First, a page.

UCSB communication professor Daniel Linz testified in a Tennessee court on Jan. 31 to oppose government regulation of strip clubs.
The court case, Entertainment Productions, Inc. v. Shelby County, Tennessee, addresses a 2007 ordinance that bans alcohol and nudity in strip clubs, adult bookstores and other sex-related businesses in Tennessee. Linz testified on behalf of the plaintiff Entertainment Productions, Inc. and was opposed by UC Irvine professor Richard McCleary, who appeared on behalf of the state.
In 1998, Tennessee’s Adult-Oriented Establishment Registration Act passed, allowing the state to regulate sexually-oriented business, leading to its adoption by the Shelby County Commission on Sept. 10, 2007.
Linz said the law also outlaws wearing bikini tops and minimal attire at those establishments.
“The issue in the case is that the county, city and state have not presented any evidence linking the wearing of brief attire, for example, bikini tops, to secondary effects,” Linz said in an e-mail. “The argument I was making is that our peer-reviewed studies show that adult businesses are not associated with adverse secondary effects.”
Contention over sexually oriented business in the U.S. began almost 30 years ago during a set of Supreme Court hearings. Notably, the 1986 case, City of Renton v. Playtime Theatres, Inc., legalized legislative intervention on sexually-oriented business and allowed for local governments to relocate sex-related businesses from areas in a community where their presence posed increased dangers for crime and decreasing property values.
In his 30 years of research and nearly a decade of court appearances as an expert, Linz — whose court testimony was based on research of pornography, sexual violence and media — said he finds no significant association between the presence of sex-related businesses and adverse secondary effects.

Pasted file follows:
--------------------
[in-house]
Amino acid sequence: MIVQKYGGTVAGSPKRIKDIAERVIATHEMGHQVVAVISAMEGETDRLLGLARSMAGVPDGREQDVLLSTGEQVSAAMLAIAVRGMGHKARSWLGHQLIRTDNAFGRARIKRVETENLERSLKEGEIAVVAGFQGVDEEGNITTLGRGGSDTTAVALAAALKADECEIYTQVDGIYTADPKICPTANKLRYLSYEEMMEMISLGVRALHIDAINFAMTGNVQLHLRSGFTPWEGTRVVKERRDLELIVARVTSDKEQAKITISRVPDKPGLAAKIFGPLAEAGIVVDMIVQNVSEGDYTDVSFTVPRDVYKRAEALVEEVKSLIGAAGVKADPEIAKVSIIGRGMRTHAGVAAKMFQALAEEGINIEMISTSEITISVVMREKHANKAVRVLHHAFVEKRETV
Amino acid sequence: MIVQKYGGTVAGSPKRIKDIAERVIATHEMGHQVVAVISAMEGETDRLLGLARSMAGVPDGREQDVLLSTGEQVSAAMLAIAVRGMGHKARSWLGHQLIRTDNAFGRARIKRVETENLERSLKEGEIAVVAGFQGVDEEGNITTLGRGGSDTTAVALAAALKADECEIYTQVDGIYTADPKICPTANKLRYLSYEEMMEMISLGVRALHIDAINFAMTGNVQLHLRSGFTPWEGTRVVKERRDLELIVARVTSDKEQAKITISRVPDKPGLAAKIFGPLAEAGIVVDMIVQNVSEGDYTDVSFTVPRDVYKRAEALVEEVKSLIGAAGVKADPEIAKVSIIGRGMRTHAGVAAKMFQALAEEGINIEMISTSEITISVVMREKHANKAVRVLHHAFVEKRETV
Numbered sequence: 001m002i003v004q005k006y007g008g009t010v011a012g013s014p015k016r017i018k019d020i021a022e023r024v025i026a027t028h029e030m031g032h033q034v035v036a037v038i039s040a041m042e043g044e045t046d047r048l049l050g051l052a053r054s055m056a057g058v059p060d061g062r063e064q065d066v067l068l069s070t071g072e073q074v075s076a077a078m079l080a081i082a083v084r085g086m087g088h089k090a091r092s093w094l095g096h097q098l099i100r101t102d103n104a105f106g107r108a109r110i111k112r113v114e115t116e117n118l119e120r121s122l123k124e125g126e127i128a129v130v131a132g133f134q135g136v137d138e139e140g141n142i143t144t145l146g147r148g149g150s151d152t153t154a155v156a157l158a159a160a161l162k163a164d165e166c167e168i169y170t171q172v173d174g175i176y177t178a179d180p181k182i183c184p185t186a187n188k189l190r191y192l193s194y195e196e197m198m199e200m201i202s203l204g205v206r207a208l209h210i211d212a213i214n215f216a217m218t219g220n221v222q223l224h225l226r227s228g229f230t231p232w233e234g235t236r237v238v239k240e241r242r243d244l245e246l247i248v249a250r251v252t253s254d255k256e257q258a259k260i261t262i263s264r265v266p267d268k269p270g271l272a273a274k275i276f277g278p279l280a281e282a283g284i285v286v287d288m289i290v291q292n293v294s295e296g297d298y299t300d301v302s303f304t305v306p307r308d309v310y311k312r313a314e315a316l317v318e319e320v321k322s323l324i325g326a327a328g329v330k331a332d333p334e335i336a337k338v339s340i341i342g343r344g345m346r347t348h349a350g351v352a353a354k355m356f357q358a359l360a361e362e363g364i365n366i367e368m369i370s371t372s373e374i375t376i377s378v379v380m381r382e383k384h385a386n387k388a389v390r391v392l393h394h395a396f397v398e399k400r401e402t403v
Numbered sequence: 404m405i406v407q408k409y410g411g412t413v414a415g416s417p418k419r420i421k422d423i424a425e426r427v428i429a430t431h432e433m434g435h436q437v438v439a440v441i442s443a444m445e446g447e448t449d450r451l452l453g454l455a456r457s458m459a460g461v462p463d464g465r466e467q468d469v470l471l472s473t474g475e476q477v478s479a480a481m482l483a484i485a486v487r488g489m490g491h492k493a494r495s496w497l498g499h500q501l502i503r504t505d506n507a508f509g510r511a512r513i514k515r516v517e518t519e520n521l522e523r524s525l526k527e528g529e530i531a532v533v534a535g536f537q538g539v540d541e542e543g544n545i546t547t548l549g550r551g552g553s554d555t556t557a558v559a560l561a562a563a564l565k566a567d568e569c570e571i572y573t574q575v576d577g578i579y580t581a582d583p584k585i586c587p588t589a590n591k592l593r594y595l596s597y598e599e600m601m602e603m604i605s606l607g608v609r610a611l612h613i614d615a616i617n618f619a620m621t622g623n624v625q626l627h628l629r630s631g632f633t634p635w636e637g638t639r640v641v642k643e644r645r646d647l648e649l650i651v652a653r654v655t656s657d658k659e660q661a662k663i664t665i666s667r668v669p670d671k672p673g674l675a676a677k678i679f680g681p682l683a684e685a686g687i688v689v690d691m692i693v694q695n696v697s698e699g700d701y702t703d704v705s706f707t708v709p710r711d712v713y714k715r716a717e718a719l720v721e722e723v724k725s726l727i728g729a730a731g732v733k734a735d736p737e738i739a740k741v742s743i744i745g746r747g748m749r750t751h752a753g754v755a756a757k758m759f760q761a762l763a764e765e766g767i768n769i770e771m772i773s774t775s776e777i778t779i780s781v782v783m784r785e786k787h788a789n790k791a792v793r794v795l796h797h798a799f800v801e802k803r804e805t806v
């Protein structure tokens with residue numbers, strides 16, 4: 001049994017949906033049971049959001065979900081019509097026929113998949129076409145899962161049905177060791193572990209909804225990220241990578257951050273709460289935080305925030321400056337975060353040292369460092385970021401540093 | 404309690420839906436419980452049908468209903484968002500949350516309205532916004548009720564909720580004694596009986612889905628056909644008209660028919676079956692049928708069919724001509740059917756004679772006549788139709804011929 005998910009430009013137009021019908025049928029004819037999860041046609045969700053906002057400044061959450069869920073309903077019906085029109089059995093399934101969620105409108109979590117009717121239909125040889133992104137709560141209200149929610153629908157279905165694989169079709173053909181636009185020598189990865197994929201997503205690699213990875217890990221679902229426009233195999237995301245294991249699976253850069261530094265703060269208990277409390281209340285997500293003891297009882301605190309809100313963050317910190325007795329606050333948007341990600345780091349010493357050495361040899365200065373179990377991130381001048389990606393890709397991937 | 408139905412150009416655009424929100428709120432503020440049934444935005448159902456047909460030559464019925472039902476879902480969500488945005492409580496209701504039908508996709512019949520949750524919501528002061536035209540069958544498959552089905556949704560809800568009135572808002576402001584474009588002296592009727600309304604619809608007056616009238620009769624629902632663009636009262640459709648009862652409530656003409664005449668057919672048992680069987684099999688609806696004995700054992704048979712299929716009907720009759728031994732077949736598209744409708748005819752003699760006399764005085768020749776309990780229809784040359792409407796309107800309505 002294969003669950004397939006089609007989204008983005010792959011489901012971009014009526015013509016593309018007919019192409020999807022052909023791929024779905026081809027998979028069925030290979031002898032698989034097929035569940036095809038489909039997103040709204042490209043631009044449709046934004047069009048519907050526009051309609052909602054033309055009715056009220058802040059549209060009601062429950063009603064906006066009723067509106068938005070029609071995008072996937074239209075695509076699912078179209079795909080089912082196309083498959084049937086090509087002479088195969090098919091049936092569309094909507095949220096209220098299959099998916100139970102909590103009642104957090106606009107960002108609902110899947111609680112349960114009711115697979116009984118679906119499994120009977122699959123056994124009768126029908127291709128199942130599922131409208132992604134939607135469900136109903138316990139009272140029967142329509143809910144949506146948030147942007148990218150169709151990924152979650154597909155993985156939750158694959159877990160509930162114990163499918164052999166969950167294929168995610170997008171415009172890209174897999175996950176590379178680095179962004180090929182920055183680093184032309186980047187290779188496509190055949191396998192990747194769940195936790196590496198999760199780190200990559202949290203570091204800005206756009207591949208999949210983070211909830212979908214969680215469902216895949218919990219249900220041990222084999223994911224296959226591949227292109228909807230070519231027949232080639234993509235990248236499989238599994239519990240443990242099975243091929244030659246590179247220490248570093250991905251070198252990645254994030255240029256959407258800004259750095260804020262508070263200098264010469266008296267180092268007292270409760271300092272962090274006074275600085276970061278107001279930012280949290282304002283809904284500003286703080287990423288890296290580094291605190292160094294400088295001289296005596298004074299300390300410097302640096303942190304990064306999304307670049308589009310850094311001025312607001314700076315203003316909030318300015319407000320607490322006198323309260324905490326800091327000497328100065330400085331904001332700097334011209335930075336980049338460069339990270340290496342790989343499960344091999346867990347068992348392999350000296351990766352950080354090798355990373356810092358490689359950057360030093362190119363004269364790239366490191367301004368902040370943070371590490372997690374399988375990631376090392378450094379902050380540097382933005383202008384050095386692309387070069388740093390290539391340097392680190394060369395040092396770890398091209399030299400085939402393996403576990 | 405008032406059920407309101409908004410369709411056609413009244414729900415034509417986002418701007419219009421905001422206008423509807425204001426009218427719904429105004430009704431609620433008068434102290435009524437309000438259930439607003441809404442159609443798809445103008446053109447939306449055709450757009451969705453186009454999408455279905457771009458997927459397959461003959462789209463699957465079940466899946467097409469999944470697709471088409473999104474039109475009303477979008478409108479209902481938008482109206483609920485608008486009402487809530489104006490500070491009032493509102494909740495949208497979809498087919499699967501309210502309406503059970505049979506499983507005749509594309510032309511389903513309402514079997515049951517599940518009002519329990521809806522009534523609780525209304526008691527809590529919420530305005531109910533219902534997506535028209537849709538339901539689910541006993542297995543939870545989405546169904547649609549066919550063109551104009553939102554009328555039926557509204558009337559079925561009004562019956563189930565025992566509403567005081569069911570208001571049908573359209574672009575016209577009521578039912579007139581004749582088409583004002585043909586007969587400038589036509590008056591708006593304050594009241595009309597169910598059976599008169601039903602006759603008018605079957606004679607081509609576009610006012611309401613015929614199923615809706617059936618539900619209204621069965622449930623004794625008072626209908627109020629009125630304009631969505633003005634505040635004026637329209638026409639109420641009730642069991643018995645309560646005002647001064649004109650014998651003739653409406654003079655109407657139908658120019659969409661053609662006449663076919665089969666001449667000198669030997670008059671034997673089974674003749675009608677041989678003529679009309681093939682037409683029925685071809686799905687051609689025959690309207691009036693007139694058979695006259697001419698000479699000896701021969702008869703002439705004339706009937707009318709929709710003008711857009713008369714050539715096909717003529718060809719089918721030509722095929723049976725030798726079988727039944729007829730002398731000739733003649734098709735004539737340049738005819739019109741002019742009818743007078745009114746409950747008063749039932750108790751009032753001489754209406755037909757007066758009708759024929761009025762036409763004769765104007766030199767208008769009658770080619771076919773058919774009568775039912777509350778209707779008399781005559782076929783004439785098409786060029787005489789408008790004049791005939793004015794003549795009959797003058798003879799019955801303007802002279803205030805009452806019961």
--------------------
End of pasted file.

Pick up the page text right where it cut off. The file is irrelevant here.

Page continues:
“We’ve studied criminal reports and have determined that there is an association based on the police reports that we’ve researched over the years,” George Tita, a UCI criminology, law and society associate professor, said. “We must take into consideration the fact that many of these crimes go unreported, so the association between sex-related business and violence could be greater than we think.”
However, Indiana University assistant professor Bryant Paul, who studied under Linz before receiving a Ph.D. in communication from UCSB in 2003, said strip clubs can actually generate funds for a community.
“Rather than causing negative externalities to the surrounding area, these businesses often open up economically depressed areas and bring business and revenue to the place in which they’re located,” Paul said.
Tita, a colleague of professor McCleary, said McCleary’s research background in criminal justice and statistics has outlined strong theoretical and empirical evidence that sex-related businesses elevate crime.
A collaborative journal entitled “The Secondary Effects Doctrine Since Alameda: An Empirical Re-examination of the Justifications for Laws Limiting First Amendment Protection” detailing Linz’s research in East Hartford, Con., Milford, Con. and Richmond, Vir. about this issue will be published later this year.